To what extent can smart gardening products already be integrated into smart home systems? And when will Alexa, Siri and co. also start controlling what is going on in the garden?

Wettels: The Gardena smart system is such a platform which applications of our partners can also be integrated into. The outdoor security camera Presence by Netatmo kicked everything off here. The camera grants one a view over the entire garden and which can also turn on the lights. But the camera also offers numerous other functions. Further such partnerships will follow, but I can’t reveal anymore as yet. On the other hand, we also aim to integrate our system into the platforms of the big suppliers, where this makes sense. And there will be some news on this front soon. The possibility of voice control as an integral part of these platforms more or less goes without saying. The automowers of our sister brand Husqvarna can already be voice controlled via Alexa today. Finally, the benchmark can and should never be the question as to whether something is technically possible, but whether it also offers the user actual added value.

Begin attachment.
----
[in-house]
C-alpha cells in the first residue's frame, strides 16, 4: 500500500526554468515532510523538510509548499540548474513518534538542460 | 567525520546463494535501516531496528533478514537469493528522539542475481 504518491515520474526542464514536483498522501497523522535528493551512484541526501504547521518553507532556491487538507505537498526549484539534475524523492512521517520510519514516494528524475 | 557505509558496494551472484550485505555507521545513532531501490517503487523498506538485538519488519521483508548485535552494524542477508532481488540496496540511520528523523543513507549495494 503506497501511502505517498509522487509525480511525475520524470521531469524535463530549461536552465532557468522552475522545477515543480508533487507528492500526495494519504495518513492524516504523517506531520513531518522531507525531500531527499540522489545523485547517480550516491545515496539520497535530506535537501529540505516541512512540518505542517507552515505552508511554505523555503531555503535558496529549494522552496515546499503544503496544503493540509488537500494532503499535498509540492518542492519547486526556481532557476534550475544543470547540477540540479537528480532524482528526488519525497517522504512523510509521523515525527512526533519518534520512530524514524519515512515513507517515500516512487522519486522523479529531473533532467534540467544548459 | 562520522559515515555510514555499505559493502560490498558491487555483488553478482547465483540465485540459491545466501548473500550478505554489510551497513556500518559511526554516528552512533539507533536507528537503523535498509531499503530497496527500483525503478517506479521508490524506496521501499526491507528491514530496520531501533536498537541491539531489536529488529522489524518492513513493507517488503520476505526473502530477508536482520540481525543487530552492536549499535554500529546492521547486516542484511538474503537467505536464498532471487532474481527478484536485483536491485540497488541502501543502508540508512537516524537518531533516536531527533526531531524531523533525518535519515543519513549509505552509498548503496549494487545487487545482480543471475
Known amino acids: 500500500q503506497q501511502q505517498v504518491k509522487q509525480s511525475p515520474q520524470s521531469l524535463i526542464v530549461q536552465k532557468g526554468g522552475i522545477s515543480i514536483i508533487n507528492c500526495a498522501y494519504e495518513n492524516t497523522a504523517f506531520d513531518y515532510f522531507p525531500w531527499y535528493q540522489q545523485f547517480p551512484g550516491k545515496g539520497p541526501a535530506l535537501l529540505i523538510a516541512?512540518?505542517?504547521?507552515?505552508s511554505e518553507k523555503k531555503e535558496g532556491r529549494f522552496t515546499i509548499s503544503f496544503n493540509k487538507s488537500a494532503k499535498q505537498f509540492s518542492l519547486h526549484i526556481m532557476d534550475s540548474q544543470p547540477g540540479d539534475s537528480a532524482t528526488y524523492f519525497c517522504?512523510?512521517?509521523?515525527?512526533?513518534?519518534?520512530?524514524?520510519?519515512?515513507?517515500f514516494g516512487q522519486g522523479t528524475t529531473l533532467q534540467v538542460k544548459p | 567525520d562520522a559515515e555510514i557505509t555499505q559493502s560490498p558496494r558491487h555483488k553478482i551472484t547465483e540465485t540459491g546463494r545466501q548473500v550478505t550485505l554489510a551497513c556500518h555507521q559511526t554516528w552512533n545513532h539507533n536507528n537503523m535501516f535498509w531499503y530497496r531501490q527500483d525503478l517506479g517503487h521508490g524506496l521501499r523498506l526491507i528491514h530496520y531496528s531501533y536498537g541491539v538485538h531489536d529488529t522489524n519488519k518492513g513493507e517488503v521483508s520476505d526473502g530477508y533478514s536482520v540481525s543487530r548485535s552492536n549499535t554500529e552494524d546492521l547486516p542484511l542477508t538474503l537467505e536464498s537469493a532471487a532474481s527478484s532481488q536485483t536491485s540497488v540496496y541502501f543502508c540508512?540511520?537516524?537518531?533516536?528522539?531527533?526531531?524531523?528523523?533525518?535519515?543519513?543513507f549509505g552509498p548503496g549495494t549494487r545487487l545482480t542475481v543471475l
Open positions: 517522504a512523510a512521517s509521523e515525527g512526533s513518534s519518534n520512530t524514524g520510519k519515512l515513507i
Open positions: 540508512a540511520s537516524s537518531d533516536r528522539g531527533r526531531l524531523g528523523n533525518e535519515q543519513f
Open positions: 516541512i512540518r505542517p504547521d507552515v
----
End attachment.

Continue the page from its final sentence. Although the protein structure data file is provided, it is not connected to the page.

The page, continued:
Robotic Lawnmower – Photo: Gardena

Let us try and take a look a few years into the future. What form do you think smart gardening will take on in the near future? Will there be drones for instance that watch the public green spaces and if necessary independently request transport drones to deliver a robot lawn mower?

Wettels: I wouldn’t like to take on the function of an oracle. Of course, a lot of things are conceivable, but whether the user accepts all of this and sees an added value for himself which he is prepared to spend money on, is another matter altogether. We observe the market and the consumer needs very closely and draw our conclusions from this, which we in turn translate into products and services. The speed is very fast here, but one simply takes one step after the other. The destination of the journey is to an extent uncertain, but that is precisely what makes it so exciting. In any case, the saying nothing is as old as the forecasts of yesterday certainly applies. The iPhone came out onto the market just over ten years ago. Who would have thought that it would influence and change our everyday lives that much within such a short space of time? Vice versa, this also means however that the thing or concept that will significantly determine our everyday routine over the coming ten years, presumably hasn’t even been invented or thought of yet. So, things stay exciting…